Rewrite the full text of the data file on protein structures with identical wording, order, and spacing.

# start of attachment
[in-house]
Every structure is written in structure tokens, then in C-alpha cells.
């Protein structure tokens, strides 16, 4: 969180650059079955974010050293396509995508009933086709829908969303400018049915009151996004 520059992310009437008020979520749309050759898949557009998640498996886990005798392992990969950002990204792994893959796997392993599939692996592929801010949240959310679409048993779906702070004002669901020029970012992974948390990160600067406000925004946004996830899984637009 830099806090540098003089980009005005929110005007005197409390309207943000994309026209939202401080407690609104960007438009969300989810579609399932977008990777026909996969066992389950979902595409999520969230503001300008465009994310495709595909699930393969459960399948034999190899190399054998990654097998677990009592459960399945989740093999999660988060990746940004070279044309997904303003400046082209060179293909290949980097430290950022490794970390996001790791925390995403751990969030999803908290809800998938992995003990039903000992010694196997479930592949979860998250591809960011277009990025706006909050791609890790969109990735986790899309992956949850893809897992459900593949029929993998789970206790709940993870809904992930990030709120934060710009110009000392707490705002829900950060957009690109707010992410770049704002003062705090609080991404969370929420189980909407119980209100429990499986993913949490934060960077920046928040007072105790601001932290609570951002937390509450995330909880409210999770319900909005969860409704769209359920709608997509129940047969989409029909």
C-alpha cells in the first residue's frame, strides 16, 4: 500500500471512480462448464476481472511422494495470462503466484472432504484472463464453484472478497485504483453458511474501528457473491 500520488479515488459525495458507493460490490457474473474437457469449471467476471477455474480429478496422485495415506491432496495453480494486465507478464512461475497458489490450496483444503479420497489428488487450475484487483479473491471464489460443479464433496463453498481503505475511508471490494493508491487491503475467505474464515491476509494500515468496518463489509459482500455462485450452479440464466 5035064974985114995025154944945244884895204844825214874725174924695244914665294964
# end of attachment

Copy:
[in-house]
Every structure is written in structure tokens, then in C-alpha cells.
């Protein structure tokens, strides 16, 4: 969180650059079955974010050293396509995508009933086709829908969303400018049915009151996004 520059992310009437008020979520749309050759898949557009998640498996886990005798392992990969950002990204792994893959796997392993599939692996592929801010949240959310679409048993779906702070004002669901020029970012992974948390990160600067406000925004946004996830899984637009 830099806090540098003089980009005005929110005007005197409390309207943000994309026209939202401080407690609104960007438009969300989810579609399932977008990777026909996969066992389950979902595409999520969230503001300008465009994310495709595909699930393969459960399948034999190899190399054998990654097998677990009592459960399945989740093999999660988060990746940004070279044309997904303003400046082209060179293909290949980097430290950022490794970390996001790791925390995403751990969030999803908290809800998938992995003990039903000992010694196997479930592949979860998250591809960011277009990025706006909050791609890790969109990735986790899309992956949850893809897992459900593949029929993998789970206790709940993870809904992930990030709120934060710009110009000392707490705002829900950060957009690109707010992410770049704002003062705090609080991404969370929420189980909407119980209100429990499986993913949490934060960077920046928040007072105790601001932290609570951002937390509450995330909880409210999770319900909005969860409704769209359920709608997509129940047969989409029909």
C-alpha cells in the first residue's frame, strides 16, 4: 500500500471512480462448464476481472511422494495470462503466484472432504484472463464453484472478497485504483453458511474501528457473491 500520488479515488459525495458507493460490490457474473474437457469449471467476471477455474480429478496422485495415506491432496495453480494486465507478464512461475497458489490450496483444503479420497489428488487450475484487483479473491471464489460443479464433496463453498481503505475511508471490494493508491487491503475467505474464515491476509494500515468496518463489509459482500455462485450452479440464466 5035064974985114995025154944945244884895204844825214874725174924695244914665294964